Wound colonization refers to non-replicating microorganisms within the wound, while in infected wounds, replicating organisms exist and tissue is injured. All multicellular organisms are colonized to some degree by extrinsic organisms, and the vast majority of these exist in either a mutualistic or commensal relationship with the host. An example of the former is the anaerobic bacteria species, which colonizes the mammalian colon, and an example of the latter are the various species of staphylococcus that exist on human skin. Neither of these colonizations are considered infections. The difference between an infection and a colonization is often only a matter of circumstance. Non-pathogenic organisms can become pathogenic given specific conditions, and even the most virulent organism requires certain circumstances to cause a compromising infection. Some colonizing bacteria, such as Corynebacteria sp. and viridans streptococci, prevent the adhesion and colonization of pathogenic bacteria and thus have a symbiotic relationship with the host, preventing infection and speeding wound healing.
The variables involved in the outcome of a host becoming inoculated by a pathogen and the ultimate outcome include:
- the route of entry of the pathogen and the access to host regions that it gains
- the intrinsic virulence of the particular organism
- the quantity or load of the initial inoculant
- the immune status of the host being colonized
As an example, several staphylococcal species remain harmless on the skin, but, when present in a normally sterile space, such as in the capsule of a joint or the peritoneum, multiply without resistance and cause harm.
An interesting fact that gas chromatography–mass spectrometry, 16S ribosomal RNA analysis, omics, and other advanced technologies have made more apparent to humans in recent decades is that microbial colonization is very common even in environments that humans think of as being nearly sterile. Because it is normal to have bacterial colonization, it is difficult to know which chronic wounds can be classified as infected and how much risk of progression exists. Despite the huge number of wounds seen in clinical practice, there are limited quality data for evaluated symptoms and signs. A review of chronic wounds in the Journal of the American Medical Association's "Rational Clinical Examination Series" quantified the importance of increased pain as an indicator of infection. The review showed that the most useful finding is an increase in the level of pain [likelihood ratio (LR) range, 11–20] makes infection much more likely, but the absence of pain (negative likelihood ratio range, 0.64–0.88) does not rule out infection (summary LR 0.64–0.88).
Disease can arise if the host's protective immune mechanisms are compromised and the organism inflicts damage on the host. Microorganisms can cause tissue damage by releasing a variety of toxins or destructive enzymes. For example, Clostridium tetani releases a toxin that paralyzes muscles, and staphylococcus releases toxins that produce shock and sepsis. Not all infectious agents cause disease in all hosts. For example, less than 5% of individuals infected with polio develop disease. On the other hand, some infectious agents are highly virulent. The prion causing mad cow disease and Creutzfeldt–Jakob disease invariably kills all animals and people that are infected.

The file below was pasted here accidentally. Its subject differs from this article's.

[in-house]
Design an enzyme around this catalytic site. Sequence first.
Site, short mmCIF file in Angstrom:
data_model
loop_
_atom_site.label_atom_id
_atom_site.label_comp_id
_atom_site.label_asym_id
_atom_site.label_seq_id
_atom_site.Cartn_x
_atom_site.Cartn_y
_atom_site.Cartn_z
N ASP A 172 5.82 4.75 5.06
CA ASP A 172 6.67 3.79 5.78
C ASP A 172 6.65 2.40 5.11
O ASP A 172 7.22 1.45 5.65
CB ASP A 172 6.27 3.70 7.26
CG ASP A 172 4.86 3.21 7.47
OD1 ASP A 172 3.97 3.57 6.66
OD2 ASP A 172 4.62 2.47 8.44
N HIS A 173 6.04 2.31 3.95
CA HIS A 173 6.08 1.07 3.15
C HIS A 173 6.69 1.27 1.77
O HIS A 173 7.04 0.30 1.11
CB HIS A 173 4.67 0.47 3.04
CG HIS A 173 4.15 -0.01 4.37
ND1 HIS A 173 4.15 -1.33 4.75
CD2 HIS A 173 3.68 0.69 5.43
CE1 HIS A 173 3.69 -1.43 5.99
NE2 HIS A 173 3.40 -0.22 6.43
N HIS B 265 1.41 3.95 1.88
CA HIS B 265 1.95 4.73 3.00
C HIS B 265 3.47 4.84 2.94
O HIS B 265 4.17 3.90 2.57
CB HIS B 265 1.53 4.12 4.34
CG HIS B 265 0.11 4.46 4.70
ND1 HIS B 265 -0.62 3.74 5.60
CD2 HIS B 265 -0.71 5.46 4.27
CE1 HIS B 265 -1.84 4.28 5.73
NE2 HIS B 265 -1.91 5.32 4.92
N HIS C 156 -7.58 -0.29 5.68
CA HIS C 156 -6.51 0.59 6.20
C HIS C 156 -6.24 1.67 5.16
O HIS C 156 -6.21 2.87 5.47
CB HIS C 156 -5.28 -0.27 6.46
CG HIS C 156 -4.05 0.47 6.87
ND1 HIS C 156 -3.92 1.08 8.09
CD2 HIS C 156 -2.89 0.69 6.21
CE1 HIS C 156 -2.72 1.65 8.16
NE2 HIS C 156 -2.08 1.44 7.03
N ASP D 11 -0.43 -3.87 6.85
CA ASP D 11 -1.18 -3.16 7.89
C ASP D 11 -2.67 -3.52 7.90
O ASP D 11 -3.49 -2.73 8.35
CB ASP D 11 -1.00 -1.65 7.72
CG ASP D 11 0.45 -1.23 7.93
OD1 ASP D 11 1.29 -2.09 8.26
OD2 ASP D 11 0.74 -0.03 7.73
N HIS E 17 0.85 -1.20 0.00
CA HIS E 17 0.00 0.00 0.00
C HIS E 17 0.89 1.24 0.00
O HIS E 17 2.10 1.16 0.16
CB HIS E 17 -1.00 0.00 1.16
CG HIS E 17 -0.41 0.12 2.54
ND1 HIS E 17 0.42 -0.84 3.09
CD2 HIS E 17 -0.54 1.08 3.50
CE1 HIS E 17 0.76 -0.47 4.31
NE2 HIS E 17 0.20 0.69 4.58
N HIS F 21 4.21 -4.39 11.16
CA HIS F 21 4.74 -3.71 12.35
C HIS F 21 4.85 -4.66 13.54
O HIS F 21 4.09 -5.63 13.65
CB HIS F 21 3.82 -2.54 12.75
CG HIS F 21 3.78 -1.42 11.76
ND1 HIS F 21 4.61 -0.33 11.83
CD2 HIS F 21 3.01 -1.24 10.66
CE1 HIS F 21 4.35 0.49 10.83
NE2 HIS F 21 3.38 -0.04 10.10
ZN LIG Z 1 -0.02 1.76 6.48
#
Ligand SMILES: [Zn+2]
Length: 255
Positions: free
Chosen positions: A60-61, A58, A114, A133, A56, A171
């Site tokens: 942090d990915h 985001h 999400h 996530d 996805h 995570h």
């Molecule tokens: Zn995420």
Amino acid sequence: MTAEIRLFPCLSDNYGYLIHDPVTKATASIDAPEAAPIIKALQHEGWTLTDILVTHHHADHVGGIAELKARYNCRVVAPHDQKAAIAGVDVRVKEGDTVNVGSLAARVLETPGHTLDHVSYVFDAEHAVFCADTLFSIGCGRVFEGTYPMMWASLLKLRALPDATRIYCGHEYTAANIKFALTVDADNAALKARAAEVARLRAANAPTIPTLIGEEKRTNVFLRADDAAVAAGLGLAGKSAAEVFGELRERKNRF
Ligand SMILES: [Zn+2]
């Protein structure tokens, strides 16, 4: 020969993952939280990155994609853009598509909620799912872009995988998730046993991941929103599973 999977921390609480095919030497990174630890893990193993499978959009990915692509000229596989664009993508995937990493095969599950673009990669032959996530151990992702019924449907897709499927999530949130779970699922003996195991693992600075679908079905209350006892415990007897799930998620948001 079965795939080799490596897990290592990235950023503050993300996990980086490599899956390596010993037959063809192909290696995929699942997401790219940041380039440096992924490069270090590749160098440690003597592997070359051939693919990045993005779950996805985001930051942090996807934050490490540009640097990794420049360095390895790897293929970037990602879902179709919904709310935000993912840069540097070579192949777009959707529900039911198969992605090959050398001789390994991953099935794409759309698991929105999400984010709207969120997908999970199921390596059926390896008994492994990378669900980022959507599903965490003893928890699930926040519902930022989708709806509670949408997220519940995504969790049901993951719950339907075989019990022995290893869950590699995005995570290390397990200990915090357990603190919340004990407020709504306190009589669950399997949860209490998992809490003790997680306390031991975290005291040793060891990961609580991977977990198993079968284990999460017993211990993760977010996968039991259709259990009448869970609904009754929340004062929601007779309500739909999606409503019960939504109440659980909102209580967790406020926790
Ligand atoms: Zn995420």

Persistent infections occur because the body is unable to clear the organism after the initial infection. Persistent infections are characterized by the continual presence of the infectious organism, often as latent infection with occasional recurrent relapses of active infection. There are some viruses that can maintain a persistent infection by infecting different cells of the body. Some viruses once acquired never leave the body. A typical example is the herpes virus, which tends to hide in nerves and become reactivated when specific circumstances arise.
Persistent infections cause millions of deaths globally each year. Chronic infections by parasites account for a high morbidity and mortality in many underdeveloped countries.
For infecting organisms to survive and repeat the infection cycle in other hosts, they (or their progeny) must leave an existing reservoir and cause infection elsewhere. Infection transmission can take place via many potential routes:
- Droplet contact, also known as the respiratory route, and the resultant infection can be termed airborne disease. If an infected person coughs or sneezes on another person the microorganisms, suspended in warm, moist droplets, may enter the body through the nose, mouth or eye surfaces.
- Fecal-oral transmission, wherein foodstuffs or water become contaminated (by people not washing their hands before preparing food, or untreated sewage being released into a drinking water supply) and the people who eat and drink them become infected. Common fecal-oral transmitted pathogens include Vibrio cholerae, Giardia species, rotaviruses, Entameba histolytica, Escherichia coli, and tape worms. Most of these pathogens cause gastroenteritis.